New Zealand v Sri Lanka, 2nd Test, Wellington, 4th day January 6, 2015

Williamson-Watling record stand pummels Sri Lanka

Sri Lanka 356 and 45 for 1 (Silva 20*, Craig 1-0) need another 345 runs to beat New Zealand 221 and 524 for 5 dec (Williamson 242*, Watling 142*)
Scorecard and ball-by-ball details

Kane Williamson and BJ Watling set a new record for the sixth wicket in Tests © Getty Images

Kane Williamson and BJ Watling used the slow grind to drive away the thoughts Sri Lanka had at the start of day four of winning the Wellington Test and levelling the series. In the process, they first broke the 27-year-old record of New Zealand's highest sixth-wicket partnership against Sri Lanka, and then smashed the all-time record for the sixth-wicket stand set up last year by Watling and Brendon McCullum at the same ground, making redundant the bronze plaque ground authorities had set in concrete only three days ago.

During the course of their unbeaten 365-run partnership, Williamson reached his maiden Test double-century, while Watling grafted his way to his fourth Test hundred. The two batsmen stretched Sri Lanka's wait for a wicket to almost eight hours, before McCullum provided the visiting fielders some relief by declaring an hour before the close of play. The 390-run target was well past the highest total successfully chased at the ground.

Even though the pitch was flat, Sri Lanka were left with the tricky task of surviving 17 overs on the fourth evening. Trent Boult and Tim Southee did not manage any extravagant swing but still beat the Sri Lankan openers regularly. Mark Craig struck in his first over, getting Dimuth Karunaratne caught at mid-off. It was the only wicket to fall on the day.

Williamson's fighting innings did his growing reputation as one of the world's best batsmen no harm. He has been in terrific form in all forms of the game and his previous two Test centuries had both been in excess of 150. He was dismissed a couple of hits short of a double-century just over a month ago, in Sharjah, but there was the same inevitability about him getting to the landmark in Wellington, as there was with Kumar Sangakkara, once he had manoeuvred the New Zealand innings safely till lunch.

Plenty of singles were collected square of the pitch on both sides. His drives were controlled shots, yielding twos or three. The first boundary came in the 13th over of the morning - also, the first for 30 overs - as Williamson stepped out to drive Herath to wide long-on, moving to 99 with that shot. An over later, he clipped one to the leg side to complete his ninth century - and his third in the second innings. His second boundary of the day, one with more flourish, came late in the first session as he punched Nuwan Pradeep through covers.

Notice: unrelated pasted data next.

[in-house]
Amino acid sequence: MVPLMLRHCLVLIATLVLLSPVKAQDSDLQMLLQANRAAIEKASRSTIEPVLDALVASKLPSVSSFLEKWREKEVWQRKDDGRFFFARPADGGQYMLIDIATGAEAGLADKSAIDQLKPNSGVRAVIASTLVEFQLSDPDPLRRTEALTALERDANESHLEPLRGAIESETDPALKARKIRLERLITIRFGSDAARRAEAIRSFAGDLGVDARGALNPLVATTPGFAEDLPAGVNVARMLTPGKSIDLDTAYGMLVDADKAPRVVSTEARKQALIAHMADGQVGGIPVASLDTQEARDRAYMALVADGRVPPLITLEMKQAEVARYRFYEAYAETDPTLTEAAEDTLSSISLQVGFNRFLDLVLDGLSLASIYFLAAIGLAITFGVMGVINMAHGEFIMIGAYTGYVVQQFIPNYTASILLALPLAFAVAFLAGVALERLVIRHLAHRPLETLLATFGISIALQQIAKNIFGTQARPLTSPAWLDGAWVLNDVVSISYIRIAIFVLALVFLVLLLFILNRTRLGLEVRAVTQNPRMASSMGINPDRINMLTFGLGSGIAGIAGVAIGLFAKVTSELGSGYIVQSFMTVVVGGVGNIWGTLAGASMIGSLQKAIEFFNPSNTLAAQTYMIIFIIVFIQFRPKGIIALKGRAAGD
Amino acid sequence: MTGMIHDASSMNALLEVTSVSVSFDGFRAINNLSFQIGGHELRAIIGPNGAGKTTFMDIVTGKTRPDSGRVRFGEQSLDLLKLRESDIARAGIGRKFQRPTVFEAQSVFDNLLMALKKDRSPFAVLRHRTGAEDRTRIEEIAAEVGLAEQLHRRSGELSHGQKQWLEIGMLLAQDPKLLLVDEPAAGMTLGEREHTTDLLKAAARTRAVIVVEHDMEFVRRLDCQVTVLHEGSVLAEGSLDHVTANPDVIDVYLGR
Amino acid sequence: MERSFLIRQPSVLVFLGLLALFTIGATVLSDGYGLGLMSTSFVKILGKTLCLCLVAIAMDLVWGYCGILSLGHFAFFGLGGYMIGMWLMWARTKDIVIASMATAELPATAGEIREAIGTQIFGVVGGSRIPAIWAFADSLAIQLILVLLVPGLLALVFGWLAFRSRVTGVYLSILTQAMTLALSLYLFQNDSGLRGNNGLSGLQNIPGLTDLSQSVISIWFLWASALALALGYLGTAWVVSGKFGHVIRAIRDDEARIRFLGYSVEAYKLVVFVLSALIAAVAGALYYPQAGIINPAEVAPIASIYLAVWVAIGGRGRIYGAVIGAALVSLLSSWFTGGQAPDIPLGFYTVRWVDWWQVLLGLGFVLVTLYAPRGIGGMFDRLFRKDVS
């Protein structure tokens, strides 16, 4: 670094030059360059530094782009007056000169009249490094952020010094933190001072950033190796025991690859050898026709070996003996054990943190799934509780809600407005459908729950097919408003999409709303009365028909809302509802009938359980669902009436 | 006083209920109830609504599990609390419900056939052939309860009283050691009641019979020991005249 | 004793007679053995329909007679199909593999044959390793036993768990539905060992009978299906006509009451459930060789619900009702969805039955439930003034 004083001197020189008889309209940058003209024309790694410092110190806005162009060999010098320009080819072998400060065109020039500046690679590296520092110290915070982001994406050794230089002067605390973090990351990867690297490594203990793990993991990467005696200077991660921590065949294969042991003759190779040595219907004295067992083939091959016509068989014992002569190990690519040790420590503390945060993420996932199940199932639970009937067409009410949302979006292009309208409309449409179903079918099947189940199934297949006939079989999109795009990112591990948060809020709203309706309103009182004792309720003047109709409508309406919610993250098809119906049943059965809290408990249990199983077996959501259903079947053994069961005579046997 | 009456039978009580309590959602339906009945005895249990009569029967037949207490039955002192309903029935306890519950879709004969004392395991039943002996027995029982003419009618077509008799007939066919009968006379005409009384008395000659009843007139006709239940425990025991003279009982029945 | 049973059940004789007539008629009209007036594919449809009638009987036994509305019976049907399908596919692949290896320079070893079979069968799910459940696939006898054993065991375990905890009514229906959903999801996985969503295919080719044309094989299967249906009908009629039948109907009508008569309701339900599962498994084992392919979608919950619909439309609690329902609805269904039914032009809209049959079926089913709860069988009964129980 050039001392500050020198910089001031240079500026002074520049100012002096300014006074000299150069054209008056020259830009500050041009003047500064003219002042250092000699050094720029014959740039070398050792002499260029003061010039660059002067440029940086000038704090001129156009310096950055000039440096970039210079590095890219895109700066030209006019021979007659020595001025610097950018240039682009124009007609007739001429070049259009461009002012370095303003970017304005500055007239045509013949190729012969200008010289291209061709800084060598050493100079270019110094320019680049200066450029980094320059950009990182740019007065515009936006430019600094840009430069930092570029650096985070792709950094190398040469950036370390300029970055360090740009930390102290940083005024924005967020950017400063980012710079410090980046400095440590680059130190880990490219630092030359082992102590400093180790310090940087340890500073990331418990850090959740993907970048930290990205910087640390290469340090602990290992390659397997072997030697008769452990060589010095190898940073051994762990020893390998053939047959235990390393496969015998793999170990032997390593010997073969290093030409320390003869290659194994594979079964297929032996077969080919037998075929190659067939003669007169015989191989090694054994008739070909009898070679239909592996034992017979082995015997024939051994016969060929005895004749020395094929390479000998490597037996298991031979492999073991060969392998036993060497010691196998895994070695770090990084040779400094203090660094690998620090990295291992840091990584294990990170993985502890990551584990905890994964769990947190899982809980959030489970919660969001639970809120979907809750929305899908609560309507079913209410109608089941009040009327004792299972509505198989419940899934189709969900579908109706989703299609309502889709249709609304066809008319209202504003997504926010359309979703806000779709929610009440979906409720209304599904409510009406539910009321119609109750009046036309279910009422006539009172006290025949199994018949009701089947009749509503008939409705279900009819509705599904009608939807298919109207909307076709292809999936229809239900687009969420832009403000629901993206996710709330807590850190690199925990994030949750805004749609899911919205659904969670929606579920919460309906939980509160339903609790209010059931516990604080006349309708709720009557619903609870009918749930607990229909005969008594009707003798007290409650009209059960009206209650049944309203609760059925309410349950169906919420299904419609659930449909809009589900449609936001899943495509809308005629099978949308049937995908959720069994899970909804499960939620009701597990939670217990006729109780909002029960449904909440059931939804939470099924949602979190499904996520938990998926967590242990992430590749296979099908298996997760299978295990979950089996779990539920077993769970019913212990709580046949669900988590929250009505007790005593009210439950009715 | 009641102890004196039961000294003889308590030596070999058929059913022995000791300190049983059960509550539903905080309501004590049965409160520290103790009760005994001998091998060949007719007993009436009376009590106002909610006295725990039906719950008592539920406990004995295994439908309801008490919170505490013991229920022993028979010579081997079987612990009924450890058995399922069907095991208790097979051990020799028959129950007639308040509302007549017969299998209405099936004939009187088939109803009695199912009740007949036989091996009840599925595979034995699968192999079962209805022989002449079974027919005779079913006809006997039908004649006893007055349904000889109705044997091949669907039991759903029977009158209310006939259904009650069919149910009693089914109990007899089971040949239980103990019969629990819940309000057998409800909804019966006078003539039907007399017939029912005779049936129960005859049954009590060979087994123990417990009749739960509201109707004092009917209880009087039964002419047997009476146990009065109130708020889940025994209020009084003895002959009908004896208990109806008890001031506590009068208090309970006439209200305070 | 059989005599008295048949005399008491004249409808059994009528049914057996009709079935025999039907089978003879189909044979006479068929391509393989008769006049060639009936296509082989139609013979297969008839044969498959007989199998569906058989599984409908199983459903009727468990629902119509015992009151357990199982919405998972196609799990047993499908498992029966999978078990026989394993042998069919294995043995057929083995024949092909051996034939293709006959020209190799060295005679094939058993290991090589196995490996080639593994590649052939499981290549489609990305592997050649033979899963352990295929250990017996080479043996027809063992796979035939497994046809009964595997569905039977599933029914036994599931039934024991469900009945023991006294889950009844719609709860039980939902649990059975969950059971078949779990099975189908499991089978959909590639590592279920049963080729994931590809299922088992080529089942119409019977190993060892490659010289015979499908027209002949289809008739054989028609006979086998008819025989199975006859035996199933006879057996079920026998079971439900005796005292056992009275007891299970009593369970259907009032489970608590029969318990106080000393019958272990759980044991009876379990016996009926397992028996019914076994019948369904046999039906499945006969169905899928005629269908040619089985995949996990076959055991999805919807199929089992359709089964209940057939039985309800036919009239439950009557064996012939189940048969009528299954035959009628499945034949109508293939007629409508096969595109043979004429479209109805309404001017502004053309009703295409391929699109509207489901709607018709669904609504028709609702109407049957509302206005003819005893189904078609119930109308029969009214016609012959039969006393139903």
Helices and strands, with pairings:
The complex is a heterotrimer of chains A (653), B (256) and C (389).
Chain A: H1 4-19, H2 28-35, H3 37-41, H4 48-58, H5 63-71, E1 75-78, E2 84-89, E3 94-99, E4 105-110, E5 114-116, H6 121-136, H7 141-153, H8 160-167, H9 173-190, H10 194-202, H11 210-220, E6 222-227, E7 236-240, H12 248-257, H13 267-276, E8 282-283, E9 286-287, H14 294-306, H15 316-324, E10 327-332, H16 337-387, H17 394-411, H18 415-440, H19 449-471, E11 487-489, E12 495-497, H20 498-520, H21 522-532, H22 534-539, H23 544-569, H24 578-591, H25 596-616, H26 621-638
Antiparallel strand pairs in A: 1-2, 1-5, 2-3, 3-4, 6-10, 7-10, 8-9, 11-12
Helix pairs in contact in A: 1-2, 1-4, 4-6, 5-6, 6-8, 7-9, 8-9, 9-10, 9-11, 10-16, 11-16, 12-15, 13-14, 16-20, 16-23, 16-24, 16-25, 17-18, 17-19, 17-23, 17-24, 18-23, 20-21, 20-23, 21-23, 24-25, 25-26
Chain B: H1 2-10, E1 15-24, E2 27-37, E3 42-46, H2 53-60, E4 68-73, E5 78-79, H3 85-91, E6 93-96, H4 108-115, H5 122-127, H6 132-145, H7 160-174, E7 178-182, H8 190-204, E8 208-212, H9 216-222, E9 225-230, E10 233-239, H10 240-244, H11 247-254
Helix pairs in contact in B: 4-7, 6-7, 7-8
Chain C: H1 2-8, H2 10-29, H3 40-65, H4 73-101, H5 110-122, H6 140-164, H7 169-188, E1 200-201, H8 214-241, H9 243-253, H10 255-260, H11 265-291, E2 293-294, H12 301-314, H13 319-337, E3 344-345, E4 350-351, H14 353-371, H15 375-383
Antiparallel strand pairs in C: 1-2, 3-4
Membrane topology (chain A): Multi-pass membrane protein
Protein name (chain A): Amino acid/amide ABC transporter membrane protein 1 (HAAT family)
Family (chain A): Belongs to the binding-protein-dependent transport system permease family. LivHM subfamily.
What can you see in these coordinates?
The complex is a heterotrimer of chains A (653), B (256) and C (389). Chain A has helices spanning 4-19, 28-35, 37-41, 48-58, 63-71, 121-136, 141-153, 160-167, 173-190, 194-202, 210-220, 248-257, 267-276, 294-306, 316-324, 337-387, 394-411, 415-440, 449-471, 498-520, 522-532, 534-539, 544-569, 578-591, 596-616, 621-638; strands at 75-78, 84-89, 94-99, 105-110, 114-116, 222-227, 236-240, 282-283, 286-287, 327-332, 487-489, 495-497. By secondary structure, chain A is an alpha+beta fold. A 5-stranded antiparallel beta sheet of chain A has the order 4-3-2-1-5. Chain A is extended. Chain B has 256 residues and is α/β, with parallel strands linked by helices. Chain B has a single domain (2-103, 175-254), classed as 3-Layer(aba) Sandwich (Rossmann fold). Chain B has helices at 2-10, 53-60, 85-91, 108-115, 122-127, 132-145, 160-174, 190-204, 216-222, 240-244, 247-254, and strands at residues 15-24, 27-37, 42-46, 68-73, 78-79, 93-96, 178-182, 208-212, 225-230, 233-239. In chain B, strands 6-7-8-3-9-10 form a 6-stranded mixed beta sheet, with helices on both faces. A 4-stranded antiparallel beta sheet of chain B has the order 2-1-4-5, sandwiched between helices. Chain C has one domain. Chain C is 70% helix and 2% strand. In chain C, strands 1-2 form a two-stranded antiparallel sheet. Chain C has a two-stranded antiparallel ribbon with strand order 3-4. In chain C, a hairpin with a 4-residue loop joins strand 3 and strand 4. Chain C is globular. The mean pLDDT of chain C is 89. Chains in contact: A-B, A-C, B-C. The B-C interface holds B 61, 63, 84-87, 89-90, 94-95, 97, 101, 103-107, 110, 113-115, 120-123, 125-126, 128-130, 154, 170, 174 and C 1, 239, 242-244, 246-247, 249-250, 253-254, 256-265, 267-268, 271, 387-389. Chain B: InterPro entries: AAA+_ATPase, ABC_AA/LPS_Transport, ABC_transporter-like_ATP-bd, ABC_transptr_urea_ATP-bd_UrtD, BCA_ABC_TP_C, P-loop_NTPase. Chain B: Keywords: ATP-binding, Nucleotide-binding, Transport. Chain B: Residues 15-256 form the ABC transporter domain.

After lunch, however, Williamson's intent signalled New Zealand had a target in mind for Sri Lanka. The boundaries were not easy to get with the field scattered, but he kept pushing the ball in the gaps with efficient, but hardly noticeable, shots. He stepped out against Rangana Herath, who had been ineffective in this Test, and chipped over midwicket to reach the 200 landmark, the shot also bringing the 300 of the partnership between Williamson and Watling. Two overs later, he played the perfect cover drive off the second new ball to become the fastest New Zealand batsman to 3000 runs, beating Martin Crowe's record by three innings.

Sri Lanka did not help their chances by letting slip another opportunity to dismiss Williamson early in the day. The batsman had been dropped on 29 and 60 on the third day, and soon after he reached his hundred Herath extracted the outside edge with a delivery that reared sharply off an otherwise benign pitch, but the wicketkeeper Prasanna Jayawardene could not hold on to the deflection.

It was a tough chance, and the only one the bowlers were able to generate all morning. By the time a second came - a missed stumping with Williamson on 233 - Sri Lanka were far behind in the game. There was hardly any swing, seam or spin from the pitch. Sri Lanka's bowlers tried different lines, bowled from either sides of the stumps, the captain set up leg-side traps, and managed to keep the boundary count to three in the first session, but Williamson and Watling kept turning the strike over.

With the batsmen hardly facing any trouble and plenty of time remaining in the match, the match drifted into the zone in which the probability of a Sri Lanka win rapidly diminished towards zero. Slips were removed and men placed in the deep to keep a tab on the scoring. But that in turn opened up gaps for Williamson and Watling to pick more singles and twos.

Watling's batting heavily depends on dabs behind point and clips through square leg. It's his comfort zone and he had no intentions of coming out of it. It meant that while Williamson was immovable at the other end, Watling also was testing the bowlers' mental resolve, blocking everything out. It was fitting that Watling's century came off a soft push to cover point, off the 270th delivery he had faced.

For most of the day, he had just one boundary to his name. Even after crossing his century, his primary mode of making runs was ... running. Only towards the end of the innings did he played forceful shots in front of square, including a lofted shot off Herath that landed over the boundary at wide long-on that took the partnership to 350. The record may have been updated, but one half of it remained with Watling. He finished unbeaten on 142, his career-best score.

Devashish Fuloria is a sub-editor at ESPNcricinfo

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